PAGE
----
How badly did 2022 affect the public image of energy suppliers?
January 5th, 2023, Stephan Shakespeare

How badly did 2022 affect the public image of energy suppliers?

2022 saw the energy sector earn significant excess profits, but with bills skyrocketing, a number of major suppliers took a reputational battering. Data from YouGov BrandIndex shows that British Gas (0.2), EDF Energy (0.9), E.On (0.9), Scottish Power (-0.7) and OVO Energy (3.5) all ended 2021 with Index scores – a measure of overall brand health – that ranged from modestly positive to only mildly negative.

But despite government interventions such as the Energy Price Guarantee, each of these suppliers ended 2022 with perceptions far more negative than they were before the crisis began. British Gas saw Index scores fall to -8.8, EDF declined to -5.4, E.On to -4.6, Scottish Power to -6, and OVO to -1.3.


British Gas saw the most significant decline, and digging into the individual brand health metrics shows that, over 2022, our metric tracking general Impression of the company plummeted by 10.6 points from -0.7 to -11.3. Perceptions of the energy giant’s quality deteriorated from 6.0 to -2.3 (-8.3) during the year, and it will not be especially surprising that – with energy bills increasing by 54% from April 2022, increasing further later on in the year – Value for Money scores went from bad (-12.4) to worse (-22.1), recording a fall of 9.7 points.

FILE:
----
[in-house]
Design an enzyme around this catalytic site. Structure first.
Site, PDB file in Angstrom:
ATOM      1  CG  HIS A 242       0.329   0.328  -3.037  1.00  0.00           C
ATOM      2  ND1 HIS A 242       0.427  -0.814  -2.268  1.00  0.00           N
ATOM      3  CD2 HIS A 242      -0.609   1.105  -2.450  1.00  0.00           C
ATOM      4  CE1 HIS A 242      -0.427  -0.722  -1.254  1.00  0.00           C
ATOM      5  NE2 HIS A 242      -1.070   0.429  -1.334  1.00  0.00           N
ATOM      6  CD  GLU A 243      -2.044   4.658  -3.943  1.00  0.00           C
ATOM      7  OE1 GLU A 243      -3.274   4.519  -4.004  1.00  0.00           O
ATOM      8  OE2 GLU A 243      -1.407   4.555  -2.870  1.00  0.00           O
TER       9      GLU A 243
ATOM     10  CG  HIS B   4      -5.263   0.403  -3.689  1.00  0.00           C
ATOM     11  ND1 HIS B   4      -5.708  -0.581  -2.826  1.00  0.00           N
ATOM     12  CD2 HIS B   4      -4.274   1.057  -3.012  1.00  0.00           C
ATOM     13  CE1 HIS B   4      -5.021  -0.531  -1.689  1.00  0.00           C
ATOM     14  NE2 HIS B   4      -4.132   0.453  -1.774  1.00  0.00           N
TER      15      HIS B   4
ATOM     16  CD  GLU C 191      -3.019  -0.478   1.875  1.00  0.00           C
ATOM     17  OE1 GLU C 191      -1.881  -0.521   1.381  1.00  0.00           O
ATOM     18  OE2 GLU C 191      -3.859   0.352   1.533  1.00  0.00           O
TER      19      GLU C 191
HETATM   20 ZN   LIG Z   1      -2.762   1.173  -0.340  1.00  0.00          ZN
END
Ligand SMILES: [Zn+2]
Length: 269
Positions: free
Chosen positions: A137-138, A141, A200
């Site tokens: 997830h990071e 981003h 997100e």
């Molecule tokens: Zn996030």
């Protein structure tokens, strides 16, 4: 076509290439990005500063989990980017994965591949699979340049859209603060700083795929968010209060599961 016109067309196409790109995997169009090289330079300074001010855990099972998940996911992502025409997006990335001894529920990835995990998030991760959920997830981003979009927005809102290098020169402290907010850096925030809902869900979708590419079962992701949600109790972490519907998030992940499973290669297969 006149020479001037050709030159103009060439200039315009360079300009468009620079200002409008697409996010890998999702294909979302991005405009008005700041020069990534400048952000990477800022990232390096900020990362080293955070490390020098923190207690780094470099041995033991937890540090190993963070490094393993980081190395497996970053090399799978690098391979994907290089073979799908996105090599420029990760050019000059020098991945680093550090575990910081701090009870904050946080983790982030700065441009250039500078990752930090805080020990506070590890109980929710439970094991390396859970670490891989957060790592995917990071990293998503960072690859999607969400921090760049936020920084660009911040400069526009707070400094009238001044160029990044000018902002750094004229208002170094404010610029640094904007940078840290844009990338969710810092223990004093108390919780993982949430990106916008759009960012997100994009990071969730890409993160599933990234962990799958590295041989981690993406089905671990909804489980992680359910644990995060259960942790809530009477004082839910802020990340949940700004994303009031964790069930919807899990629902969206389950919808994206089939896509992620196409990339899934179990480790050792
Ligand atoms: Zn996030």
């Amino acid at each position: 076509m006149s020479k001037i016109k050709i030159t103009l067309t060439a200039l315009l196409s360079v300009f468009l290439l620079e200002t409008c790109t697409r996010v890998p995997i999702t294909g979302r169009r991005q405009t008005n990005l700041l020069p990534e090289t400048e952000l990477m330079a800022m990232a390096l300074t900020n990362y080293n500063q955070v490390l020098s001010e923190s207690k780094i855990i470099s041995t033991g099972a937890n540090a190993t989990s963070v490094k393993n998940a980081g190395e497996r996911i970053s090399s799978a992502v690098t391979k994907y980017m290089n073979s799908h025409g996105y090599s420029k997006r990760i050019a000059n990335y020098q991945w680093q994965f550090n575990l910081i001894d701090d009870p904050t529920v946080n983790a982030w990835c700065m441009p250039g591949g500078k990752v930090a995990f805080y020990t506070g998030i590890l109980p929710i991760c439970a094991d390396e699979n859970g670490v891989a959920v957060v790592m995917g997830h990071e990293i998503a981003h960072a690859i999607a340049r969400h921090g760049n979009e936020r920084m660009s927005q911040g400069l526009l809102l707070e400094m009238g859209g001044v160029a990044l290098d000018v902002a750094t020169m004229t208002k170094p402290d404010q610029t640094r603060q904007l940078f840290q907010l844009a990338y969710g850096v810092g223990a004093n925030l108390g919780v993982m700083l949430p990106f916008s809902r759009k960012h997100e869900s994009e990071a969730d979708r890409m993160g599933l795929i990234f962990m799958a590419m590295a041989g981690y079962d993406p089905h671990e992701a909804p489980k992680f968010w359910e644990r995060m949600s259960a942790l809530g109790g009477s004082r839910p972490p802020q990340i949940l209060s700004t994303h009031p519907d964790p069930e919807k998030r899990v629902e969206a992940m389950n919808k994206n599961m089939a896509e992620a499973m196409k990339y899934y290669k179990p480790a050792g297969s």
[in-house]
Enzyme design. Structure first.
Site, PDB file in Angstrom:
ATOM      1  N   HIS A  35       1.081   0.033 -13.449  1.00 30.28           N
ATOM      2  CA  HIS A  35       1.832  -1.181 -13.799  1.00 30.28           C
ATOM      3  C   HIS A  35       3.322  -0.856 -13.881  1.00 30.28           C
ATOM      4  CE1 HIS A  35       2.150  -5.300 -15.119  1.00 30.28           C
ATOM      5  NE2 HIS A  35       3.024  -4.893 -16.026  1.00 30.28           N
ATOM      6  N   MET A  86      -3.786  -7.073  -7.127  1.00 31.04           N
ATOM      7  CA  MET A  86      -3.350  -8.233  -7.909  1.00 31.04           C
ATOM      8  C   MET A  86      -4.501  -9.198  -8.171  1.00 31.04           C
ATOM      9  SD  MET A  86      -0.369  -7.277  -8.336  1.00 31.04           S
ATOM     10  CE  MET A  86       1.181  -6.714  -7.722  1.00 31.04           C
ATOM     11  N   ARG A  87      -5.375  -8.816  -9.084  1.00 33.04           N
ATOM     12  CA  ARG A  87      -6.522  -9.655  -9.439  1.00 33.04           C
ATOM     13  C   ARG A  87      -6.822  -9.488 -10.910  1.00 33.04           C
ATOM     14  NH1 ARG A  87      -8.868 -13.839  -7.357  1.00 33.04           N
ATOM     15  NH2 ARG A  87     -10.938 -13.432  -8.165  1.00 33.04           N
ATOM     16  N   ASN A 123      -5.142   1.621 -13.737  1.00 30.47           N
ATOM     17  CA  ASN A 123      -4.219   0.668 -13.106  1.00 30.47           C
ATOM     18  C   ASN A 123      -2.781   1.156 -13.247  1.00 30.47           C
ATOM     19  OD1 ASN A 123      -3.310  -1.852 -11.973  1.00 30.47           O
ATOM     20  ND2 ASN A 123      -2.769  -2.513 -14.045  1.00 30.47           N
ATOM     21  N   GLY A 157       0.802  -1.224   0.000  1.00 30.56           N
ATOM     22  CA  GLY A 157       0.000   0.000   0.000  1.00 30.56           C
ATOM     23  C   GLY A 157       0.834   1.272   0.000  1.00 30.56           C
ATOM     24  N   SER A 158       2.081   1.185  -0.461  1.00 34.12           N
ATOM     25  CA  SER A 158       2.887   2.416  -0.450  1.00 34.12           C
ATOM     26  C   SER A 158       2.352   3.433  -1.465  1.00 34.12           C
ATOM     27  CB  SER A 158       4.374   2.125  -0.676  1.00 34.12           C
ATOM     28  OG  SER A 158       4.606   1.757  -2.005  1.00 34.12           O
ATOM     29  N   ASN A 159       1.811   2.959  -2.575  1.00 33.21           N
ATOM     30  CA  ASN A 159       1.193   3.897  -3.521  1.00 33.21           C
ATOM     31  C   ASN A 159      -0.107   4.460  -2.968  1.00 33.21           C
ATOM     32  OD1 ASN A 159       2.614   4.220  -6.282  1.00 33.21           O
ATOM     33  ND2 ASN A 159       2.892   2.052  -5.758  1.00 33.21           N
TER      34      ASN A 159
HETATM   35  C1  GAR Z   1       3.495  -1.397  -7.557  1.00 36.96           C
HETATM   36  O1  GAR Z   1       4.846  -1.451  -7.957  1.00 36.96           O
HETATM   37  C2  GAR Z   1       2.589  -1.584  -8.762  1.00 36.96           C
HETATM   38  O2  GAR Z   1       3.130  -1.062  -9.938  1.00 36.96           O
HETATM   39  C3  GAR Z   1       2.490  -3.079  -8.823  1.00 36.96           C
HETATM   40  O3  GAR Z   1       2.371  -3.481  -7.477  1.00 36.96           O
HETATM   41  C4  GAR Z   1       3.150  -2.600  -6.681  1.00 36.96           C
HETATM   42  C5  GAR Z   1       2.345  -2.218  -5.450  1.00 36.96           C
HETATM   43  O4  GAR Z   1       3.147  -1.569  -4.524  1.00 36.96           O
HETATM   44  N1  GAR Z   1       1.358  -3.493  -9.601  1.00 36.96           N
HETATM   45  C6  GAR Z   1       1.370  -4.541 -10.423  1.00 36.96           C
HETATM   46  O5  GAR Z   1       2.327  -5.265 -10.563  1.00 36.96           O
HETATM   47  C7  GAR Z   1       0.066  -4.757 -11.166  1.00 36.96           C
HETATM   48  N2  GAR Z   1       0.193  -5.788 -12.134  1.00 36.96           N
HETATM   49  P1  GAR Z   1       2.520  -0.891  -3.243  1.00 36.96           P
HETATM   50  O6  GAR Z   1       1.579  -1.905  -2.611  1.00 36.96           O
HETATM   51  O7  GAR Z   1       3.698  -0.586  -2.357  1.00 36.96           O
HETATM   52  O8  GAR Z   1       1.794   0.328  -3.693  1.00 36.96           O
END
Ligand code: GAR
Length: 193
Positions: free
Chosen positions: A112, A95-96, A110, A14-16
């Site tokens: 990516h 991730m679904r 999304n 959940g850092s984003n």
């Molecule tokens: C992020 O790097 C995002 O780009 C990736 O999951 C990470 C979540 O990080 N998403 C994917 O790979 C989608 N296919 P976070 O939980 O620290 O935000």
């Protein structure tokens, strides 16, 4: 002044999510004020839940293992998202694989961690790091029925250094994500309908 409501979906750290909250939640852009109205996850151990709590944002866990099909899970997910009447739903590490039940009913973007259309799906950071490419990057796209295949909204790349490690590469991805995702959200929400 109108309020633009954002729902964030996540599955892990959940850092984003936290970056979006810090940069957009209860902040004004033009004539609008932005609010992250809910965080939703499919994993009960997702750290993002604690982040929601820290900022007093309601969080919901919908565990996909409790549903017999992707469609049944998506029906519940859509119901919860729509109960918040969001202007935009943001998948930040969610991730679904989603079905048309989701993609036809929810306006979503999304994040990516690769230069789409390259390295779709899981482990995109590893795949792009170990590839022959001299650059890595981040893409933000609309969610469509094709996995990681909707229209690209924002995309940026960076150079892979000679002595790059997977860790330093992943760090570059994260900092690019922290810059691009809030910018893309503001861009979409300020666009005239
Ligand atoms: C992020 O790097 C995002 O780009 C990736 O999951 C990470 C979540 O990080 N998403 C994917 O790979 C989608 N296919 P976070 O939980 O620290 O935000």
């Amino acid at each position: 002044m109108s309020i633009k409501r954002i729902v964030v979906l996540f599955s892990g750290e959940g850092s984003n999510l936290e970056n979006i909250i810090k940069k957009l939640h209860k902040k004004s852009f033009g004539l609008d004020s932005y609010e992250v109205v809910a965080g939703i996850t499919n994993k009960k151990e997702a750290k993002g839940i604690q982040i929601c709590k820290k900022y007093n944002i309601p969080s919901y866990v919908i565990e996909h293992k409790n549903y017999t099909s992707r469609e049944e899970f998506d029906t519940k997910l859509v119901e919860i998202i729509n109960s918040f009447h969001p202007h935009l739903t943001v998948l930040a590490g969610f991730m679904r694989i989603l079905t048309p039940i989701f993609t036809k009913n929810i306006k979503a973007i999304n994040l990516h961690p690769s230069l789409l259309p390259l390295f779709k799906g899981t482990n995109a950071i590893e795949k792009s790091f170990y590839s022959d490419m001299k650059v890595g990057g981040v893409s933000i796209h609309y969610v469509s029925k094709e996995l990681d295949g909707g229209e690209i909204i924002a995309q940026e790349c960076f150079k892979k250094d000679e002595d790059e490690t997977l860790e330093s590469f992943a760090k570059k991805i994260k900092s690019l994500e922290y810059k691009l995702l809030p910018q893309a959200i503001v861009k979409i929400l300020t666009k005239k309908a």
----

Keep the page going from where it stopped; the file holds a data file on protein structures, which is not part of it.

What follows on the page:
Between January and December 2022, British Gas’ Reputation scores, which measure whether consumers would be proud or embarrassed to work for a brand, also tumbled from solidly positive (4.8) to solidly negative (-7.3).

Consumers were perhaps always likely to have an adverse response to an increase in energy bills, and while suppliers have financially benefited from the revised energy price cap, factors such as the war between Russia and Ukraine have reportedly also played a part in rising costs. Nevertheless, if British Gas and other players in the sector have made more money, it has come at a cost to their brands. If they cannot reverse the damage in 2023, they may wish to think about how they can avoid further blows to their public image.

This article originally appeared in City A.M.